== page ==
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RMS has just completed a two-year exercise documenting all the different types of insurance that are available in the market and a classification system for all the assets that they protect. This is published as a data definitions document v1.0 as a standardized schema for insurance companies to have a consistent method of evaluating their exposure.

This project, in collaboration with research partners Centre for Risk Studies at University of Cambridge, and a steering committee of RMS clients, involved extensive interviews with 130 industry specialists and consultation with 38 insurance, analyst, and modeling organizations.

The project will enable insurance companies to monitor and report their exposure across many different classes of insurance, which globally today covers an estimated US$554 trillion of total insured value. The data standard will improve interchanges of data between market players to refine risk transfer to reinsurers and other risk partners, reporting to regulators, and exchanging information for risk co-share, delegated authority, and bordereau activities.

GEAC diagram

Diagram showing distribution of US$544 trillion of insured exposure worldwide

A key point of developing the data schema is to identify concentrations of exposure, and to assess accumulation risk by enabling new types of loss models. Insurers are concerned about several ways that accumulations can occur — through having multiple insurance policies with the same policyholder, having different lines of insurance with clusters of insured value in the same geographical location, and by having “clash” risk from underlying events that impact several classes of insurance in an insurer’s portfolio.

The project has demonstrated the usefulness of the data definitions document in providing a framework for loss modeling by developing three catastrophe scenarios: a severe hurricane hitting the energy fields and marine installations in the Gulf of Mexico; an influenza pandemic that hits life and health insurers, as well as causing financial losses to the economy and stockmarkets; and a geopolitical conflict located in Southeast Asia that triggers losses across all the major classes of insurance. Insurance companies are now assessing the clash risk from these scenarios for the portfolios of multiline exposure that they manage.

The data schema was officially launched at a conference in Cambridge in early September, where many representatives of insurance companies, regulators, market associations, rating agencies, modelers, and academics gathered.

The data definition document v1.0 is published and available, and is currently being implemented internally by members of the project steering committee and will be made available by RMS in their platforms and products. The hope is that the availability of the data definitions document will enable a new generation of risk model development and improvements across the insurance market in the ability to manage their multiline exposure risk. Feedback on the project outputs are welcomed.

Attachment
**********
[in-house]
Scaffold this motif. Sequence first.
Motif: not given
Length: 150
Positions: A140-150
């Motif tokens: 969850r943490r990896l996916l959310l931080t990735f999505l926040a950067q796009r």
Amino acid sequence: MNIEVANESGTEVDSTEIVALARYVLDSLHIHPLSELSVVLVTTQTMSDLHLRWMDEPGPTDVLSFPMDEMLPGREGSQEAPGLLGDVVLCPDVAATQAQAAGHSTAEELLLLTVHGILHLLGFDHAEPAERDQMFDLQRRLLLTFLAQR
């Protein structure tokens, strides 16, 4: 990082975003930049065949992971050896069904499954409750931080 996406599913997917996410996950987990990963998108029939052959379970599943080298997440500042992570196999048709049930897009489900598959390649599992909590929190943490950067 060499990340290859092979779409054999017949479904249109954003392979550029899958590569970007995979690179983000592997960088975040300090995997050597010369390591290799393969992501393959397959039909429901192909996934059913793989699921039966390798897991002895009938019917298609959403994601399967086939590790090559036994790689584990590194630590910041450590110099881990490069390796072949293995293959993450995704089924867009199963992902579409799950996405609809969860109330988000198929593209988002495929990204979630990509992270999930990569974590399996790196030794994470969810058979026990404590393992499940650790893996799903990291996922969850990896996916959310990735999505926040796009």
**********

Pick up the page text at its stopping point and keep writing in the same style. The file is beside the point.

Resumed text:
Project publications include:

Multi-Line Insurance Exposure Management Data Definitions Document v1.0: Data definitions for 14 classes of insurance, ranging from Casualty Liability, Trade Credit and Surety, Political and Security Lines, through to Life and Health and annuities.

Challenges and Solutions for Enterprise Exposure Management:Companion report describing the processes and methodology, and presenting three clash scenarios developed to explore the usability of the data definitions in the schema.

Atlas of Global Insurance Exposure: An A2-size poster (42 x 59.4 centimeters / 16.5 inch x 23.4 inch) depicting a visual distribution of US$540 trillion of insured exposure worldwide across the major classes of insurance.

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Andrew Coburn
Senior Vice President, RMS

Dr. Andrew Coburn currently leads the cyber risk research at RMS, developing cyber risk scenarios and analytics. In his 20 year career at RMS, he has managed the innovation of many new risk models, ranging from natural catastrophes, to terrorism, pandemics, longevity, and most recently, cyber risk. Dr. Coburn is recognized as an authority on catastrophe risk modeling.

Andrew is also a founder and member of the executive team of the Centre for Risk Studies, University of Cambridge, where he directs research into the risk of catastrophic collapse of complex systems. He leads a research team that coordinates a program of cyber risk research, whose work has included the development of the cyber insurance exposure data schema, the production of the Lloyd’s Business Blackout scenario of a cyber attack on U.S. power grid now used as a Lloyd’s RDS, and research that underpinned the decision by Pool Re to extend their cover to cyber terrorism.

Andrew is the author of "Earthquake Protection", co-authored with R.J.S. Spence, John Wiley & Sons, first edition 1998, second edition 2002. He is also the co-author of a forthcoming book "Solving Cyber Risk", to be published by Wiley in 2019.

 

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